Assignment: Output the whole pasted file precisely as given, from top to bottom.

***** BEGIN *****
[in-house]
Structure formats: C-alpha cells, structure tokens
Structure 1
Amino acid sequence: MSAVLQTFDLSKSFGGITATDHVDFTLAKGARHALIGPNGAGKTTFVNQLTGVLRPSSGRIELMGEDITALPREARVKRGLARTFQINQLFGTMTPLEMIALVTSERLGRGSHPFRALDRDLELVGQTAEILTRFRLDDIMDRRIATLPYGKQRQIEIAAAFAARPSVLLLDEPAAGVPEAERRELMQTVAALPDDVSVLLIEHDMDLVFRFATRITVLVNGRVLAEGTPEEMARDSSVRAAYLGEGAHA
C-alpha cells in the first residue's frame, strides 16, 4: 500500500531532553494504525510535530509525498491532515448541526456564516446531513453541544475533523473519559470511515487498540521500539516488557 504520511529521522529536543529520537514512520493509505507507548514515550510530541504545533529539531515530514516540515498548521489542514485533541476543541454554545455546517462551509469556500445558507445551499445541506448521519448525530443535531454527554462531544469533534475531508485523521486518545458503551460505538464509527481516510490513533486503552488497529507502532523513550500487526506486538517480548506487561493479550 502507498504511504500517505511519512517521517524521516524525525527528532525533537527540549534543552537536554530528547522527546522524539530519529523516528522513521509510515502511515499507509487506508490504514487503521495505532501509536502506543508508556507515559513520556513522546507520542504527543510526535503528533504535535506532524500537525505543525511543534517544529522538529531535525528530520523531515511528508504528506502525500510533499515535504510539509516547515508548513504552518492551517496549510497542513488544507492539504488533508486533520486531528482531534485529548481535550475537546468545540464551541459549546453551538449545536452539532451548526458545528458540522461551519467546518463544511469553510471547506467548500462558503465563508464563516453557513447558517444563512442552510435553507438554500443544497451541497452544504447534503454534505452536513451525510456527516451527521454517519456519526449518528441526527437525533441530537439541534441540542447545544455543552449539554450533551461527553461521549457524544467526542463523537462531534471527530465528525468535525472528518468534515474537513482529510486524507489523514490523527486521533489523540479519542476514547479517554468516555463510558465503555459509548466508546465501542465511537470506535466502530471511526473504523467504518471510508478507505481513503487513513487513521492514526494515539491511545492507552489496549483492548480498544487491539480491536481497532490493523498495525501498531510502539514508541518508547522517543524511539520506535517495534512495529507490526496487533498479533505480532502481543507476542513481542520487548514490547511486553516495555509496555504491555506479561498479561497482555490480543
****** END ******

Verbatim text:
[in-house]
Structure formats: C-alpha cells, structure tokens
Structure 1
Amino acid sequence: MSAVLQTFDLSKSFGGITATDHVDFTLAKGARHALIGPNGAGKTTFVNQLTGVLRPSSGRIELMGEDITALPREARVKRGLARTFQINQLFGTMTPLEMIALVTSERLGRGSHPFRALDRDLELVGQTAEILTRFRLDDIMDRRIATLPYGKQRQIEIAAAFAARPSVLLLDEPAAGVPEAERRELMQTVAALPDDVSVLLIEHDMDLVFRFATRITVLVNGRVLAEGTPEEMARDSSVRAAYLGEGAHA
C-alpha cells in the first residue's frame, strides 16, 4: 500500500531532553494504525510535530509525498491532515448541526456564516446531513453541544475533523473519559470511515487498540521500539516488557 504520511529521522529536543529520537514512520493509505507507548514515550510530541504545533529539531515530514516540515498548521489542514485533541476543541454554545455546517462551509469556500445558507445551499445541506448521519448525530443535531454527554462531544469533534475531508485523521486518545458503551460505538464509527481516510490513533486503552488497529507502532523513550500487526506486538517480548506487561493479550 502507498504511504500517505511519512517521517524521516524525525527528532525533537527540549534543552537536554530528547522527546522524539530519529523516528522513521509510515502511515499507509487506508490504514487503521495505532501509536502506543508508556507515559513520556513522546507520542504527543510526535503528533504535535506532524500537525505543525511543534517544529522538529531535525528530520523531515511528508504528506502525500510533499515535504510539509516547515508548513504552518492551517496549510497542513488544507492539504488533508486533520486531528482531534485529548481535550475537546468545540464551541459549546453551538449545536452539532451548526458545528458540522461551519467546518463544511469553510471547506467548500462558503465563508464563516453557513447558517444563512442552510435553507438554500443544497451541497452544504447534503454534505452536513451525510456527516451527521454517519456519526449518528441526527437525533441530537439541534441540542447545544455543552449539554450533551461527553461521549457524544467526542463523537462531534471527530465528525468535525472528518468534515474537513482529510486524507489523514490523527486521533489523540479519542476514547479517554468516555463510558465503555459509548466508546465501542465511537470506535466502530471511526473504523467504518471510508478507505481513503487513513487513521492514526494515539491511545492507552489496549483492548480498544487491539480491536481497532490493523498495525501498531510502539514508541518508547522517543524511539520506535517495534512495529507490526496487533498479533505480532502481543507476542513481542520487548514490547511486553516495555509496555504491555506479561498479561497482555490480543